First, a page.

Dayan, now in the Netherlands, has signaled a desire to come to Washington, and the White House is preparing an invitation, administration sources said. Israeli officials in Washington said they had no information about the invitation.
There was sharp dispute even over the details of the effort to arrange the fence-mending meeting in Washington. U.S. officials said yesterday that Dayan had originally suggested that Secretary of State Cyrus R. Vance was reported to have rejected immediately.
Israeli officials here emphatically denied that Israel was seeking an urgent meeting and repeated Dayan's assertions that the United States was deliberately refusing to live up to its obligation to form a U.S.-sponsored multinational peace-keeping force for the Sinai.
Speaking to reporters at a daily news briefing, State Department spokesman Hodding Carter said that neither Vance nor President Carter's new special Middle East negotiator, Robert S. Strauss, had any plans to go to the Middle East to discuss the peacekeeping force.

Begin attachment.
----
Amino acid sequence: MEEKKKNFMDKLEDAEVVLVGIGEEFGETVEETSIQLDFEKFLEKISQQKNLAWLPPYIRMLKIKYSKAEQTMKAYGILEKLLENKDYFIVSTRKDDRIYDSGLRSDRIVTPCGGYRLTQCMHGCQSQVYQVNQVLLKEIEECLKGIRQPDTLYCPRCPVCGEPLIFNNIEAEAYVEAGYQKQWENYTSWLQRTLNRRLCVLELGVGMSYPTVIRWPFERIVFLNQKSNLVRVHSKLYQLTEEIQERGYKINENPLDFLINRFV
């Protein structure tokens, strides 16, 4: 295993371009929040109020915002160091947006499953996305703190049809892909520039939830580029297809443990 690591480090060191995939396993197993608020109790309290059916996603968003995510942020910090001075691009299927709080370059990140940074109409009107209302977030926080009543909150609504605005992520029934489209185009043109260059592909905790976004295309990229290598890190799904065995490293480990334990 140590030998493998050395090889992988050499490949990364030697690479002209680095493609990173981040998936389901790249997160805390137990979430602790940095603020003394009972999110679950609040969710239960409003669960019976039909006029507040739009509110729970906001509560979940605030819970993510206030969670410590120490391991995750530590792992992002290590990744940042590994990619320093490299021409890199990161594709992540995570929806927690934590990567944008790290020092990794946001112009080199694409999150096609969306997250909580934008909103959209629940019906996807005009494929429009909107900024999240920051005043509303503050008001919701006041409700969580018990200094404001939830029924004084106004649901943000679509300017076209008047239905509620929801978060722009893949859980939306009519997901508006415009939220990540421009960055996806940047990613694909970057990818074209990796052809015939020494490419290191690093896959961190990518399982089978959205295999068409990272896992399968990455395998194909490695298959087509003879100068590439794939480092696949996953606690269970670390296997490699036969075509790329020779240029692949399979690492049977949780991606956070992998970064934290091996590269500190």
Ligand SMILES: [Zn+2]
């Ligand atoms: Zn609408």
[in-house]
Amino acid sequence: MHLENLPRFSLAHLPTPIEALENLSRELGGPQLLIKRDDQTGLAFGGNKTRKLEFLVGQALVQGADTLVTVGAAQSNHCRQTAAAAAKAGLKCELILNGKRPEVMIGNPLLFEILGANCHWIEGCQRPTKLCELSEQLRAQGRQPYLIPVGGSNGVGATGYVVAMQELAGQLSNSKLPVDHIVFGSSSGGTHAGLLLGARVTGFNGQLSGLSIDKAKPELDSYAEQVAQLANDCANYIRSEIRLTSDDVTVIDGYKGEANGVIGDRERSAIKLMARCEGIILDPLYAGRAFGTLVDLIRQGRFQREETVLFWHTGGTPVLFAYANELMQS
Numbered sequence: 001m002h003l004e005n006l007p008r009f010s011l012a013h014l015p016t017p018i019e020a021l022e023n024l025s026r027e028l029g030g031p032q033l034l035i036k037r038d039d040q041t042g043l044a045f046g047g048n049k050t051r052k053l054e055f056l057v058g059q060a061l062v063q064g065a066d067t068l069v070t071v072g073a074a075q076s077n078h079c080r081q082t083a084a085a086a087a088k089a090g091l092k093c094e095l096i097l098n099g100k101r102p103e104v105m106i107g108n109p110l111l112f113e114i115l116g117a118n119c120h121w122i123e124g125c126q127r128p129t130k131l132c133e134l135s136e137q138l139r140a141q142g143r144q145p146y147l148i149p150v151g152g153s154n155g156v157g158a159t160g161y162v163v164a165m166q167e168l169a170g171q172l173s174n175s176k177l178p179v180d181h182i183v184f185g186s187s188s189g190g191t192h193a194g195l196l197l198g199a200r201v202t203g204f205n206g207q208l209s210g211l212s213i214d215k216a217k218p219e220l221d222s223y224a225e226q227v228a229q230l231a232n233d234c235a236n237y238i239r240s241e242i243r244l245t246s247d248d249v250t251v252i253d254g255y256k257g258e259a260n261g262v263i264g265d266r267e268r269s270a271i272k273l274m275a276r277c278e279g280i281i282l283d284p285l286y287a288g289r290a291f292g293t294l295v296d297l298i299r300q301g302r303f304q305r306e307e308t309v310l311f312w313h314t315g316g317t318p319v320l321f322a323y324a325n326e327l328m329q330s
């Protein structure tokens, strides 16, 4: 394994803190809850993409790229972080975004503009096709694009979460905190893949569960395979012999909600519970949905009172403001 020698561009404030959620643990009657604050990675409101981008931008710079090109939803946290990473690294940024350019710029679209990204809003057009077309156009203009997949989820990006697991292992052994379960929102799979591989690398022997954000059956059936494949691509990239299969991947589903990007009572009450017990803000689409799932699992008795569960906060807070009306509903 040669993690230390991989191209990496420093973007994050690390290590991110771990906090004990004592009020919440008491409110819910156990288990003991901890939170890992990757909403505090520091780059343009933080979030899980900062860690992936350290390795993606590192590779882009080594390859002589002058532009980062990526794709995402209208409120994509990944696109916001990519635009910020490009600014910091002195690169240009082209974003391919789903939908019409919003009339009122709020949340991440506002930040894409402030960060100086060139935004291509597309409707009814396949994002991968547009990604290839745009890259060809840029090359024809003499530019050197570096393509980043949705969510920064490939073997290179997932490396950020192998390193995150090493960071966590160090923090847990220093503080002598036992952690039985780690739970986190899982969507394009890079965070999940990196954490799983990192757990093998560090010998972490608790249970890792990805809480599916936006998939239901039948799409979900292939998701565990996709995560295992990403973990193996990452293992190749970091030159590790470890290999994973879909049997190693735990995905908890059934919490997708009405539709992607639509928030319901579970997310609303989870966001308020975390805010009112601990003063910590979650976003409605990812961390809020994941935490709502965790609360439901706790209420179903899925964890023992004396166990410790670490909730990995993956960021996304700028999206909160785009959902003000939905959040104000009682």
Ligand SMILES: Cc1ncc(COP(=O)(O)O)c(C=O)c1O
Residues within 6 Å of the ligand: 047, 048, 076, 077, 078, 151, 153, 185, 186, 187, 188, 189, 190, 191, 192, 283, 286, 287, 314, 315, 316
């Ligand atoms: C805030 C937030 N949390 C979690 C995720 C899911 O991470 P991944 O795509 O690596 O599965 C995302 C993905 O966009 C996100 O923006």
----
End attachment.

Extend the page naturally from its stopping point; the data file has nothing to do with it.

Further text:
Strauss left Washington yesterday for a long-planned vacation and his role, if any, in the projected meetings here with Dayan and the dispute over the Sinai force was not immediately clear.
Strauss saw his previous job as the White House's special trade negotiator come to an end yesterday in a ceremony in the Rose Garden, during which President Carter signed the international trade bill overwhelmingly approved by Congress last week.
U.S. officials suggest privately that they expect Dayan to come to Washington prepared for political bargaining in which the Sinai peace-keeping question may be only one factor. But they say they have no clear idea of what Dayan may be after.